Feathered Ambassadors

Tribes’ travellers journey to destinations that are home to hundreds of bird species and, even if you don’t start your trip as a birder, you may find you’ve become one by the end!  The concept of a national bird is an interesting one. In some cases it’s an official title, either awarded after a national vote or by a government department. In others it’s unofficial, something assumed by tradition and or long association with that country. And in some cases what one might think is the national bird isn’t!

“The peacock features strongly in Indian folklore and mythology.”

The magnificent African Fish eagle (above left) is the national bird of no less than three countries – Malawi, Zambia and Zimbabwe, and is widespread across the lakes, rivers and coastal areas of Southern Africa. Its white chest and head, bright yellow beak, black wings and reddish-brown body are very distinctive, and it’s often seen perched high in a tall tree, scanning a vast range of terrain. The call of the African Fish eagle is known as ‘the voice of Africa’. Living up to its name, it largely feeds on fish, but has been known to eat water birds, even flamingos.

The national birds of India and Nepal are both part of the pheasant family, though you may be surprised to learn that the Indian peacock is a pheasant at heart. India’s national bird is, perhaps above all others,  most synonymous with the identity of its country, the extravagant pattern and colours of the plumage of the male peacock being replicated in Mughal architecture and in art and textiles, and the bird featuring strongly in Indian folklore and mythology. 

With its metallic purple, green and blue plumage, the male Himalayan Monal – also known as the Impeyan Pheasant – is another wonderfully colourful creature. The national bird of Nepal (pictured above) prefers to live at high altitude in the summer and is a prodigious digger.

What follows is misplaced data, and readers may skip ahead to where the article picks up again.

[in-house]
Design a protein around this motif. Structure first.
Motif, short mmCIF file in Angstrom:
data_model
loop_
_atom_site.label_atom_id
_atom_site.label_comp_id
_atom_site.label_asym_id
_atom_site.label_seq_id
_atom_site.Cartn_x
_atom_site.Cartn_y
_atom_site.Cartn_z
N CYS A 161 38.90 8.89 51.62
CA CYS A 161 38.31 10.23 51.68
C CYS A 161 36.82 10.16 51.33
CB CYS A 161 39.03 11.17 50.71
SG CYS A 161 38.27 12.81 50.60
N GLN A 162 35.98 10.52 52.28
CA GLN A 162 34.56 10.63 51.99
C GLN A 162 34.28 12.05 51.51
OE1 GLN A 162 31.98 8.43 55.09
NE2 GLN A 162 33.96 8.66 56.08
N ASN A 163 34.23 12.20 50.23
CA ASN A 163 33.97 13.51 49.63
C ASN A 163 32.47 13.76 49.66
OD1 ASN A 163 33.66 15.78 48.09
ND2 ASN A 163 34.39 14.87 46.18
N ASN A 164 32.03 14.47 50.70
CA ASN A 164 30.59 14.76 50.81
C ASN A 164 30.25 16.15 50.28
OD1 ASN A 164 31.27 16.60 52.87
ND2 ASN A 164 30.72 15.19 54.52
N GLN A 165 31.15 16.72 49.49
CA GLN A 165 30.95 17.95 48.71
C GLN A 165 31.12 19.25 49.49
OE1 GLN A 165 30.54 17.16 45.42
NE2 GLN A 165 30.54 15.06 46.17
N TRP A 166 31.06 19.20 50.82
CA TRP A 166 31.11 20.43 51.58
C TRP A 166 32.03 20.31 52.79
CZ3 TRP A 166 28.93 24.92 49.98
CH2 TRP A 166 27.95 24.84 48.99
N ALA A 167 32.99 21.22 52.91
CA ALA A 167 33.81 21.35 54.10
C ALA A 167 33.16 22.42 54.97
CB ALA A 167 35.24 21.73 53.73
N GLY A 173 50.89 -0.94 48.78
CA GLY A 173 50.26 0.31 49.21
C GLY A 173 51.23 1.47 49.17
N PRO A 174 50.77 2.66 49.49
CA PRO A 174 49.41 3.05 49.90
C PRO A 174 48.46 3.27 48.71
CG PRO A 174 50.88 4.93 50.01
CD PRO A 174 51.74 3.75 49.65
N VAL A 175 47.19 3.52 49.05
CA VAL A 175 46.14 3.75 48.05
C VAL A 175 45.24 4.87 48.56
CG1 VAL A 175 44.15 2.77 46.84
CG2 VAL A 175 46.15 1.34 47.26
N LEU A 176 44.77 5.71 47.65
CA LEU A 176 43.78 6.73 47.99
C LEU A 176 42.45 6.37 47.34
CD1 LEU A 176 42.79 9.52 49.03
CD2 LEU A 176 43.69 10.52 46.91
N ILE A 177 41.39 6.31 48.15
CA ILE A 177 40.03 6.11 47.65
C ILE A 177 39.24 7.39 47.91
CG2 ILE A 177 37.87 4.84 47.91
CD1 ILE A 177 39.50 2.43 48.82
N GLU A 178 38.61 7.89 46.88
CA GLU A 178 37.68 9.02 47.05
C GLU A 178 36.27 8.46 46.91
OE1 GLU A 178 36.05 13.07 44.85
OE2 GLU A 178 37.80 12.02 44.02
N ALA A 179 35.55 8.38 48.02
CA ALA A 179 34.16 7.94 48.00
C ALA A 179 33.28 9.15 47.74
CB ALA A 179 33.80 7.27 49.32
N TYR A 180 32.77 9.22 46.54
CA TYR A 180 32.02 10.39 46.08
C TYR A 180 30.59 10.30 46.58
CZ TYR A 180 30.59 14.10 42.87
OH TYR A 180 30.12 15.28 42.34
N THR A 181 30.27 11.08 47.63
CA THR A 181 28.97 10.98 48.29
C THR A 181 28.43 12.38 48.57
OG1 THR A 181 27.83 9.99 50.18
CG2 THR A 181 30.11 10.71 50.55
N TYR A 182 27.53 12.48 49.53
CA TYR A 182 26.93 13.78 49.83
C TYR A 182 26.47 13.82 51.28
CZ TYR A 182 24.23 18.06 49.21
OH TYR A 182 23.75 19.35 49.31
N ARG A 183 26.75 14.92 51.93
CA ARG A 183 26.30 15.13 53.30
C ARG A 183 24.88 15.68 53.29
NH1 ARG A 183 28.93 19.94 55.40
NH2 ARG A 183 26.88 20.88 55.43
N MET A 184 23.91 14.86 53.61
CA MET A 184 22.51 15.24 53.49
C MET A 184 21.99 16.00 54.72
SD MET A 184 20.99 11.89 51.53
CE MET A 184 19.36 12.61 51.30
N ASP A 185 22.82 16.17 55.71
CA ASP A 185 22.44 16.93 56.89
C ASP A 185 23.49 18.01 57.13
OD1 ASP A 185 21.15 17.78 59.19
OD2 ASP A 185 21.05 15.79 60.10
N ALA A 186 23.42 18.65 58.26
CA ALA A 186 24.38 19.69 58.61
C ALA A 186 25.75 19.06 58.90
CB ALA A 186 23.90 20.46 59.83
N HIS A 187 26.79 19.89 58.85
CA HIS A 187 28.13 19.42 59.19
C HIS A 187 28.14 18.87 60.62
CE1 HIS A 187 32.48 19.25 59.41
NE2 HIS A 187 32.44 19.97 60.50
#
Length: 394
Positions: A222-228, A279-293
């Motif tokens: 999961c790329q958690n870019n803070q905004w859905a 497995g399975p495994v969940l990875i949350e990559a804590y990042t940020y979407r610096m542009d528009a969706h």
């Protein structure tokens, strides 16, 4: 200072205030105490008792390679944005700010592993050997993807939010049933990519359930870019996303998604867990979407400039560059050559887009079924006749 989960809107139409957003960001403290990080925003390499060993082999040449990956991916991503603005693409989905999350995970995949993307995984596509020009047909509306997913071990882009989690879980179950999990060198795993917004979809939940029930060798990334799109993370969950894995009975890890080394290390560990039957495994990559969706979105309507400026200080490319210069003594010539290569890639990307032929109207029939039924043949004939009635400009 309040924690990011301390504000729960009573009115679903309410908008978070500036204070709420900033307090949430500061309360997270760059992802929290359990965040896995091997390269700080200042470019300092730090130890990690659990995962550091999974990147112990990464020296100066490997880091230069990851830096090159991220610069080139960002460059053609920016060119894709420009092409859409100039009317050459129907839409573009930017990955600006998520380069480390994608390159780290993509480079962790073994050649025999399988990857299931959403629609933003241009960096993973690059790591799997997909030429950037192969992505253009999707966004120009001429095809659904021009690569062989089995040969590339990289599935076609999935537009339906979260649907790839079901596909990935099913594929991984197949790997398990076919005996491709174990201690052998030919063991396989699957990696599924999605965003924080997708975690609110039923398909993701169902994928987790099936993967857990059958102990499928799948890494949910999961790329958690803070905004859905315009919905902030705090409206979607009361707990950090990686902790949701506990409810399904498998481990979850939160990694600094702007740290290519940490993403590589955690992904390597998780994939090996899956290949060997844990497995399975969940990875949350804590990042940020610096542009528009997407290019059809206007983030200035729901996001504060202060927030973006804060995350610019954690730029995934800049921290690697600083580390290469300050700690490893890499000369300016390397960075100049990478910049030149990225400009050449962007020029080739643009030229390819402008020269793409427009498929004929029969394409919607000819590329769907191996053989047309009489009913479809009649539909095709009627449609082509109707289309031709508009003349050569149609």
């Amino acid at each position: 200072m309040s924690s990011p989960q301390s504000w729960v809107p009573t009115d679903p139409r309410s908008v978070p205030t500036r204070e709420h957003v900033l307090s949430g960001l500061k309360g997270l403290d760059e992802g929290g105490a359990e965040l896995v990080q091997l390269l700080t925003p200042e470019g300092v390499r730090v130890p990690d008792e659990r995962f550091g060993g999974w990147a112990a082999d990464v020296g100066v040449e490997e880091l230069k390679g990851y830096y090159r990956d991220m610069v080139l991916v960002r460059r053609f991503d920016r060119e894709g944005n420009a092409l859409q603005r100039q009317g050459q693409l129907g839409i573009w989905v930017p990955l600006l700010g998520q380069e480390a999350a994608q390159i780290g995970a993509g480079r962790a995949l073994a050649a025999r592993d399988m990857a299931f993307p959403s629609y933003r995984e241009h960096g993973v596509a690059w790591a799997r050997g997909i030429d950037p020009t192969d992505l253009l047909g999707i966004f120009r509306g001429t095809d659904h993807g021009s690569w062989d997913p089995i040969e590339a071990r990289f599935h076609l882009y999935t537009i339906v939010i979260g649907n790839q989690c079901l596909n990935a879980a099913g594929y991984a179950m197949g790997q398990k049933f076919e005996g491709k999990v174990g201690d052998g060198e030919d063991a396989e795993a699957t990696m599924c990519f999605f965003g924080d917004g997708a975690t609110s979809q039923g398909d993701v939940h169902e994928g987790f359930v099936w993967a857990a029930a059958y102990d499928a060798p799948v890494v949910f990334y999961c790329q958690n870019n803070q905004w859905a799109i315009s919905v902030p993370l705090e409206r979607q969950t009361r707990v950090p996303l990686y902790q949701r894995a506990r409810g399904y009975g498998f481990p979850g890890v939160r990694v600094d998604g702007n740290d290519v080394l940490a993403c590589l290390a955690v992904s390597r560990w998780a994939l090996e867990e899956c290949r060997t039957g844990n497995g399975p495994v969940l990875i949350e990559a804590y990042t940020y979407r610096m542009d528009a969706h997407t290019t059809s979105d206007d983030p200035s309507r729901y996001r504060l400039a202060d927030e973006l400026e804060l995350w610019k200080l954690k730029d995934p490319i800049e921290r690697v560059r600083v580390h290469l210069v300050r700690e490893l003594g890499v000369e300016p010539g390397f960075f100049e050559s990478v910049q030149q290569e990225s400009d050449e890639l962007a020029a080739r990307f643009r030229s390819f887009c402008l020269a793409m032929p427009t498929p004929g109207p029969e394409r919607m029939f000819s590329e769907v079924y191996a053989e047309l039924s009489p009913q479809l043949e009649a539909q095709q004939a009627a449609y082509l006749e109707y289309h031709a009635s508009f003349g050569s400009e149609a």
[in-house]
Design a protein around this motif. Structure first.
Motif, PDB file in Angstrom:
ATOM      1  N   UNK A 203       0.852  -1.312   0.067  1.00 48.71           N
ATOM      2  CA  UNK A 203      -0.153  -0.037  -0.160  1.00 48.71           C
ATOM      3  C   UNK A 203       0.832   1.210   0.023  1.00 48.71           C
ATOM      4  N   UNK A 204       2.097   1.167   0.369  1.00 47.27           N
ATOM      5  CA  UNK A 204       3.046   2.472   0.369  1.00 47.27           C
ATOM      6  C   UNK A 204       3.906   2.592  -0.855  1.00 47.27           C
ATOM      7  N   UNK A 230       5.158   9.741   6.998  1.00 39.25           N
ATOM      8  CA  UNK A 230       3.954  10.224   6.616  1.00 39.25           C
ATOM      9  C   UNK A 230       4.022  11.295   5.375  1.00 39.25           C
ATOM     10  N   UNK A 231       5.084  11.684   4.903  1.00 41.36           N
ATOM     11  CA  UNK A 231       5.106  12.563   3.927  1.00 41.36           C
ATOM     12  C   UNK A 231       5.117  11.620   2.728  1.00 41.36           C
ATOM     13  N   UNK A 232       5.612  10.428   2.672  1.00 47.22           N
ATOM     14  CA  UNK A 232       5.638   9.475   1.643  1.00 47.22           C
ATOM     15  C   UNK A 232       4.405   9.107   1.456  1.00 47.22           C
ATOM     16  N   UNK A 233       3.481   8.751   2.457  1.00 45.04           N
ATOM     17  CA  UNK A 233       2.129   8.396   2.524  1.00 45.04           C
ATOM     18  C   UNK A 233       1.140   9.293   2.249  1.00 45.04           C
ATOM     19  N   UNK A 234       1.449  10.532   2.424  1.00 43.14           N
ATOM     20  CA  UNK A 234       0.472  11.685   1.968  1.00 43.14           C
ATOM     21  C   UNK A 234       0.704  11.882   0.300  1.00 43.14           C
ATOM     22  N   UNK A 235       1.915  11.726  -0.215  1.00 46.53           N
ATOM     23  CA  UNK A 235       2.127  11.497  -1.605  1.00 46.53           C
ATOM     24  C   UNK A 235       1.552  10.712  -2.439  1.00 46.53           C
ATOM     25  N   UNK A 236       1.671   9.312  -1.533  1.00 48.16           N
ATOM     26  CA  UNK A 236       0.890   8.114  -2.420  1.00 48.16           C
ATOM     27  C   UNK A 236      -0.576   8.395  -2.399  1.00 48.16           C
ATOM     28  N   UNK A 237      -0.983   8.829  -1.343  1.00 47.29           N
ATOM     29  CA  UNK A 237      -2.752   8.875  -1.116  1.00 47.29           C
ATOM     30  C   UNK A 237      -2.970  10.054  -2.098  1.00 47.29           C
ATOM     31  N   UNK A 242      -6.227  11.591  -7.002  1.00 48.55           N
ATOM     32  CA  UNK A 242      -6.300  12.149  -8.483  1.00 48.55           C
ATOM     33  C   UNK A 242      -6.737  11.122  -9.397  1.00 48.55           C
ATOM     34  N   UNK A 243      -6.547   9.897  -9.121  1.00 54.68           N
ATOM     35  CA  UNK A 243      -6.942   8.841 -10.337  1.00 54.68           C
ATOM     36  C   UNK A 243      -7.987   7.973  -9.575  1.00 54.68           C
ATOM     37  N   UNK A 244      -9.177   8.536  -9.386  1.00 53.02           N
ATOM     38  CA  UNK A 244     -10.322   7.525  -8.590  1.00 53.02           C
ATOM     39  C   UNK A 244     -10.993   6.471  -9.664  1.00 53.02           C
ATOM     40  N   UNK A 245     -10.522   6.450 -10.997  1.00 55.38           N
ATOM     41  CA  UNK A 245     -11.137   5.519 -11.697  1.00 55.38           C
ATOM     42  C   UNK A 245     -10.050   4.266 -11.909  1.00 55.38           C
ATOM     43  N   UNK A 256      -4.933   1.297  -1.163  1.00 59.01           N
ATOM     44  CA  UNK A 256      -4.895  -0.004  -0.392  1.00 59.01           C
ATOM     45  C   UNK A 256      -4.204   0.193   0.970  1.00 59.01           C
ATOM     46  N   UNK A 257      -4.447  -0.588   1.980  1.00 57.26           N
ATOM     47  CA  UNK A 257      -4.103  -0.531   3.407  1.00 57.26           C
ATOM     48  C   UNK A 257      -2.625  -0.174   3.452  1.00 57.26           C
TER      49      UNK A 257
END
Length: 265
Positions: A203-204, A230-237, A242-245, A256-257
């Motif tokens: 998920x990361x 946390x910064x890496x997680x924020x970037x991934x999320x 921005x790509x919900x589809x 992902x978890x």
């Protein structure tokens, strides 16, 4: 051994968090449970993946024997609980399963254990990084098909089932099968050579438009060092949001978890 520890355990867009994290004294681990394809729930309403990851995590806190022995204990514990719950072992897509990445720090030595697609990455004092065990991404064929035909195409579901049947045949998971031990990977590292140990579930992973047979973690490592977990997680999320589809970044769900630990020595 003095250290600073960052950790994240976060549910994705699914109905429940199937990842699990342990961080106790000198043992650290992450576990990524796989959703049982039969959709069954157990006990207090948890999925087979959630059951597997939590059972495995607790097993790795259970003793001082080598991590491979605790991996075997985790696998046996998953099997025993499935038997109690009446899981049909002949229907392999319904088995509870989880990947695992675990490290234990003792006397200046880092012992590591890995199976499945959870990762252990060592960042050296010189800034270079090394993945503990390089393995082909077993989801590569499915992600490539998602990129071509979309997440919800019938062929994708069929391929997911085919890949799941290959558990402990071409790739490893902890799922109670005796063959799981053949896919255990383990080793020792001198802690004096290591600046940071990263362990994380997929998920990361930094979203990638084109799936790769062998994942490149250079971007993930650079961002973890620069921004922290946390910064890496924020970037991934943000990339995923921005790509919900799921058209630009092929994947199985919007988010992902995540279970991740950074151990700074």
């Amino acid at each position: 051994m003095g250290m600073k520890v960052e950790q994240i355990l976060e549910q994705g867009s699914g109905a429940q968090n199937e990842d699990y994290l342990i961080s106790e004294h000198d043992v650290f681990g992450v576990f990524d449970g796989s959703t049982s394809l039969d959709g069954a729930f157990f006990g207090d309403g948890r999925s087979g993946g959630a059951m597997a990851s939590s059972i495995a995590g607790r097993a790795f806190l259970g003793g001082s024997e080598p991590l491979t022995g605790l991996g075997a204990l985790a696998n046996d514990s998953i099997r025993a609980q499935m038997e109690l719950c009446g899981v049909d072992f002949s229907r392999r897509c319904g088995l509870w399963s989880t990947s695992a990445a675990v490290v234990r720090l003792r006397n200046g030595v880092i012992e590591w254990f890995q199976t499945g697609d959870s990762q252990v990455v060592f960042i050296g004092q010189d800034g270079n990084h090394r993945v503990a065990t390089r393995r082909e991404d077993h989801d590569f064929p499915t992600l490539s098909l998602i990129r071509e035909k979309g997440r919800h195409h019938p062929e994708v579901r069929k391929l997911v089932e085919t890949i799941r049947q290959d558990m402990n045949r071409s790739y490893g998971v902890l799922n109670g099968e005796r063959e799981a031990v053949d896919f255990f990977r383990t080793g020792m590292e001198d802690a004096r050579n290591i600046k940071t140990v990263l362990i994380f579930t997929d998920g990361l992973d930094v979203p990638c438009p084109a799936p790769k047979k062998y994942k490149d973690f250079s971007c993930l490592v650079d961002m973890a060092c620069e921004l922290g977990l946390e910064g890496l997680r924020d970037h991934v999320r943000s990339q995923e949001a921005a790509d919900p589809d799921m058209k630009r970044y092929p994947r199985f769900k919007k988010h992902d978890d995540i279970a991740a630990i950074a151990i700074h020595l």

Visitors to Costa Rica could be forgiven for believing that the Resplendent quetzal (pictured below) is the national bird. It is truly stunning, especially during the mating season when the males grow tail feathers that can be up to a meter long. However, in a country that’s not short of colourful feathered inhabitants, it comes as something of a surprise to learn that the modestly-plumed Yigüirro – the Clay-coloured thrush – actually carries that title. It was chosen by the Costa Ricans in 1977 because of its strong, sweet song.

 

The national bird of Kenya, the Lilac-breasted roller, is a hugely charismatic bird that draws the eye and the camera lens. This beautifully-coloured creature is widely found throughout sub-Saharan Africa, where it’s mostly spotted in wooded areas or savanna. Unlike many bird species, the female is as gorgeously vibrant as the male. They’re not overly shy, so you are likely to have the chance of getting quite close to one, and they seem rather fond of adopting photogenic solitary poses on trees – often handily against a bright blue sky!

Many people think that the Lilac-breasted roller is also the national bird of Botswana but, in 2015, the world’s heaviest flying bird – the Kori bustard – was awarded that title. Kori bustards can weigh up to 19kg and, while they are strong fliers, it’s not something they do if they can avoid it, so are ground dwellers by preference. Males can reach up to 150cm in height and can have wingspans up to 275cm.

 

 

“The national bird of Peru is a very distinctive creature.”

The Andean Condor  is the feathered ambassador for Bolivia, Chile and Ecuador. This is a massive bird, with a wingspan of up to 320cm. It’s also very heavy – up to 15kg – so makes use of that huge wingspan and the air currents of mountainous or coastal regions to glide. Watching condors rising on the morning thermals is a ‘must-do’ part of any holiday to this part of the world.

With its vivid scarlet plumage and fan-shaped crest, the Andean Cock-of-the-Rock, the national bird of Peru, is a very distinctive creature. It is found in the cloud forests of the Andes mountains, where the males gather on leks to perform elaborate mating dance displays to attract females.

While not an official ‘national bird’, the Blue-footed booby is without a doubt the bird most people associate with the Galapagos Islands. Their feet are a stunning shade of blue and the males put them to good use when it comes to attracting a mate, lifting and proudly displaying their feet in their rather cumbersome mating ritual. Although clumsy on land, in the air these large seabirds are powerful, and they are superb divers.

Oh, and in case you’re wondering about the national bird of Britain, in 2015 a nationwide ballot of more than 200,000 people saw the robin elected to the role, beating the barn owl and blackbird to the job. 

WHERE TO SEE THEM

Our consultants would be delighted to help you plan a trip to see some of these amazing birds. Here are just a few suggestions: